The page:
What is Molluscum Contagiosum?
Molluscum contagiosum is a skin infection that is caused by a virus. The virus causes small, flesh-colored bumps to form on the skin. The bumps are benign and are not painful, but they can be itchy.
The virus that causes molluscum contagiosum lives on the top layer of the skin and is spread through direct contact with an infected person or through contact with contaminated objects. An individual who has molluscum contagiosum can spread it to other parts of their body. It can also be spread through sexual contact. Many cases in adults are spread through sexual contact. When the virus infects the genitals, usually from sexual contact, it is considered a sexually transmitted infection.
Who is at risk of developing molluscum contagiosum?
Molluscum contagiosum is most common in children ages 1-10, but it can occur in adults as well. The infection is more common in people with weakened immune systems, such as those with HIV/AIDS or cancer. It is also more common in people who have had recent skin trauma, such as a sunburn.
What are the symptoms of molluscum contagiosum?
The most common symptom of molluscum contagiosum is the development of small, flesh-colored bumps on the skin. These bumps are usually round and have a dimple in the center. They are often found on the face, neck, armpits, groin, and thighs. The bumps may be itchy but are usually not painful unless they are scratched or rubbed and become infected. Scratching can spread the infection to the surrounding skin. The bumps are contagious until they are gone.
How is molluscum contagiosum diagnosed?
Molluscum contagiosum is usually diagnosed based on the appearance of the bumps on the skin. Your doctor may also perform a biopsy to confirm the diagnosis.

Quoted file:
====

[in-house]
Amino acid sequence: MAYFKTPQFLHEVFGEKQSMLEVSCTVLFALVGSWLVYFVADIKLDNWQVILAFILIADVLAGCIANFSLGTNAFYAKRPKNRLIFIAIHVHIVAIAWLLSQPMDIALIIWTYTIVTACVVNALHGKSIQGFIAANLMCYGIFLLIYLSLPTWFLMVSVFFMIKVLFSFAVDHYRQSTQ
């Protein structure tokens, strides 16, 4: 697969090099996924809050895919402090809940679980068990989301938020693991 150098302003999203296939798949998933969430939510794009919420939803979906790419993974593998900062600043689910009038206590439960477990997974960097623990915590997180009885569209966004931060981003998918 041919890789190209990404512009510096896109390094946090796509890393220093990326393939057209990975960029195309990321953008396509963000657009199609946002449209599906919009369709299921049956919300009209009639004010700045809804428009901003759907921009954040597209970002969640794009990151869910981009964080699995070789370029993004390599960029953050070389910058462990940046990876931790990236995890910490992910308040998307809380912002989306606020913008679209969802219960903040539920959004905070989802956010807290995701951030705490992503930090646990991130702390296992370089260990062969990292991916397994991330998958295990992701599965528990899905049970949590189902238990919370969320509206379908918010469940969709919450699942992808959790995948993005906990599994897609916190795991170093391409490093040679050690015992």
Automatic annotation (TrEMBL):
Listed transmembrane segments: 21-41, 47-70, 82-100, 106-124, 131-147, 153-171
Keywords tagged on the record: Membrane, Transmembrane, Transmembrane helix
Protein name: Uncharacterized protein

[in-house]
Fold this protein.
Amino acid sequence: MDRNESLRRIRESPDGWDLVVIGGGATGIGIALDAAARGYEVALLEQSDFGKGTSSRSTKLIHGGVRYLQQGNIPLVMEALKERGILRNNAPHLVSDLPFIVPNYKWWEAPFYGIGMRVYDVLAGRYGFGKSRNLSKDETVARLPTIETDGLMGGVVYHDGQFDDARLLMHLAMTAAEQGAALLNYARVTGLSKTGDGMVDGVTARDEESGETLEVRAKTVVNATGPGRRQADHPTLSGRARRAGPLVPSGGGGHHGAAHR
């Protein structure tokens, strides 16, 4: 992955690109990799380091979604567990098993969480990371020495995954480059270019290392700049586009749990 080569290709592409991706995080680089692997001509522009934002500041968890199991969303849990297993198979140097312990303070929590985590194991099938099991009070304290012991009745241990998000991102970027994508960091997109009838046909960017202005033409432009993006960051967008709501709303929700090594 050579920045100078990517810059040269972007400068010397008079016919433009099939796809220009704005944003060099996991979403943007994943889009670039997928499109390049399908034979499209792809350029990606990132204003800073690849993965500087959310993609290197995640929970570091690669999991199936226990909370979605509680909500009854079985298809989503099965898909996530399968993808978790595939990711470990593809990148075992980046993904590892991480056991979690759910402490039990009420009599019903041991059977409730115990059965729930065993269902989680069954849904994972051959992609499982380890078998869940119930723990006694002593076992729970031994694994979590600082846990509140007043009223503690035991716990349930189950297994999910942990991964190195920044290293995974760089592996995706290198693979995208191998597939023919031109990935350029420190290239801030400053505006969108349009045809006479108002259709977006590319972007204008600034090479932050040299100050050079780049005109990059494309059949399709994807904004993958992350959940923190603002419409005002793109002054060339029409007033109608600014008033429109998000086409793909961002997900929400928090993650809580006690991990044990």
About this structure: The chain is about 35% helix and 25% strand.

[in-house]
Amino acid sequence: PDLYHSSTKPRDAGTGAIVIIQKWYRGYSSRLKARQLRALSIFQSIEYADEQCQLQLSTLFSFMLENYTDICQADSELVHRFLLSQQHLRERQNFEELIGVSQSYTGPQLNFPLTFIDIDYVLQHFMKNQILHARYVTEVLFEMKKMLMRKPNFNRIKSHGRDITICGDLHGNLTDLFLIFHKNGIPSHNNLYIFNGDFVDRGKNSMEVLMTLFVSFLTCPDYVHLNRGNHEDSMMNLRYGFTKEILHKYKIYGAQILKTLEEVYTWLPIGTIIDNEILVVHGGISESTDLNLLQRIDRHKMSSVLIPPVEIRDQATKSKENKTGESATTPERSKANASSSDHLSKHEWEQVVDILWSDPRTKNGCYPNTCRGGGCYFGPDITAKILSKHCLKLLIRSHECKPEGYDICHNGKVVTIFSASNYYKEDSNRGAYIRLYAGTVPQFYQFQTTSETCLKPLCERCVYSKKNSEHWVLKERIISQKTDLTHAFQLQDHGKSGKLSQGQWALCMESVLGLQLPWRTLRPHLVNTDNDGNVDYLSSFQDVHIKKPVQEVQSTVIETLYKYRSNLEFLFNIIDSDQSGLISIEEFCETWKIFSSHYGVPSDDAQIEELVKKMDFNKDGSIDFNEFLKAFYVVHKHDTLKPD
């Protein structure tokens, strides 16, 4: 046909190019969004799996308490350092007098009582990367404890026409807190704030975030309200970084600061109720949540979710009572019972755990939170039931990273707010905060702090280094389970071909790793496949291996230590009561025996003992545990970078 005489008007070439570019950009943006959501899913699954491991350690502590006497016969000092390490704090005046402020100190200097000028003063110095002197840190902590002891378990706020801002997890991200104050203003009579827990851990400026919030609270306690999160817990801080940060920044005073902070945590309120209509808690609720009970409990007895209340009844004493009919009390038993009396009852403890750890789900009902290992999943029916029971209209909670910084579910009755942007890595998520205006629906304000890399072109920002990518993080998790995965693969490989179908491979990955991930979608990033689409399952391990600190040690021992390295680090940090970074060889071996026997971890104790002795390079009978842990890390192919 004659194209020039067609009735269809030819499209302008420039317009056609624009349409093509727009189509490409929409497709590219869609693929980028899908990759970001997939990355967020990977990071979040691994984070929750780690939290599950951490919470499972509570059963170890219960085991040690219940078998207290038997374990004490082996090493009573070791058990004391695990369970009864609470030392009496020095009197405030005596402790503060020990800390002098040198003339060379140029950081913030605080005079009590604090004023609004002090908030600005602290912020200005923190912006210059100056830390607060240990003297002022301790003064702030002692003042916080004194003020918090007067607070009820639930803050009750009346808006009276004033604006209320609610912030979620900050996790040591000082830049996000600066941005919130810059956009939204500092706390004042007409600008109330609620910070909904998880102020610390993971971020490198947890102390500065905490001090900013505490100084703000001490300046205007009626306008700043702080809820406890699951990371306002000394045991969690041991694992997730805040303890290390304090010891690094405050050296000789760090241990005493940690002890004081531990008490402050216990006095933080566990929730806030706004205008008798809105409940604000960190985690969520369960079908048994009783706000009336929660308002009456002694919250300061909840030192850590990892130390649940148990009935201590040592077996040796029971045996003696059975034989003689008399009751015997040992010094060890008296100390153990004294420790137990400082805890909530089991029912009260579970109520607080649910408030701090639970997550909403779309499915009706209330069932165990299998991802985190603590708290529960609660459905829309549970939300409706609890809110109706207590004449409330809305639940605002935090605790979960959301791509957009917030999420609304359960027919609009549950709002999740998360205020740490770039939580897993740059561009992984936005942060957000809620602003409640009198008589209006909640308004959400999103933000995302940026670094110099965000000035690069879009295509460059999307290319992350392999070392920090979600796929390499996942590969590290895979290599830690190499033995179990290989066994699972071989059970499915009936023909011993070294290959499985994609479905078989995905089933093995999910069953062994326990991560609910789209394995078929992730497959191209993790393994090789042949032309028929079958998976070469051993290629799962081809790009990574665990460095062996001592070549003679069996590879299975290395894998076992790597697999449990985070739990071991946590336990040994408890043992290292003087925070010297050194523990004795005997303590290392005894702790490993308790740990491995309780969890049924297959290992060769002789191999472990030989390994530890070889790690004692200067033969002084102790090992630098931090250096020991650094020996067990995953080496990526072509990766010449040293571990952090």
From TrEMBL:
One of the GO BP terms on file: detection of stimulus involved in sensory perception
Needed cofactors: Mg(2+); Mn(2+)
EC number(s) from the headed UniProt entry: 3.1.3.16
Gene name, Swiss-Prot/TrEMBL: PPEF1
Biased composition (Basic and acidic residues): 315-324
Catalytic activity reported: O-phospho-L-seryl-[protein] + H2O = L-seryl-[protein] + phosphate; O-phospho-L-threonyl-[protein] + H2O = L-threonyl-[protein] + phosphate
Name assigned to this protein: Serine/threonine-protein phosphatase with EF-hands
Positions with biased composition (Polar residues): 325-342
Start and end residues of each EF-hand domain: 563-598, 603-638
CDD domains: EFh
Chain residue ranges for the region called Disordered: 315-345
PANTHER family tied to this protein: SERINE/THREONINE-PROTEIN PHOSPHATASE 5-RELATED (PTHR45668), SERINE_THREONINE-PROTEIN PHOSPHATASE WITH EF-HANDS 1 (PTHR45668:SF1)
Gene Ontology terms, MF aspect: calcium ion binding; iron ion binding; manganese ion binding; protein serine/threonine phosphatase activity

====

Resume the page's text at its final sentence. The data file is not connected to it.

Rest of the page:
What is the treatment for molluscum contagiosum?
There is no cure for molluscum contagiosum. Most people with molluscum contagiosum do not need treatment. The bumps usually go away on their own within 6 to 12 months, but in some cases can take years to resolve. However, recovery does not prevent future infection.
Treatment is frequently recommended for molluscum in the genital area and when a child could spread the virus to other children. An oral medication, called cimetidine, is often prescribed to treat young children with molluscum. For immunocompromised individuals, therapies targeted at boosting the immune system have been proven to be effective. Treatment may be recommended when the bumps are painful and itchy.
If you have molluscum contagiosum and want to get rid of the bumps faster, there are several treatment options available. These include cryotherapy (freezing the bumps with liquid nitrogen), laser therapy, and topical prescription creams. These treatments can be painful and may cause scarring.
Can molluscum contagiosum be prevented?
There is no vaccine available to prevent molluscum contagiosum. The best way to prevent the infection is to avoid direct contact with someone who has it. You should also avoid sharing towels, clothing, or other personal items with someone who has the infection.
The most common complication is a secondary bacterial infection which can be problematic in people with weakened immune systems. It is important to see Dr. Camp or Dr. Zhang to assure you have this condition.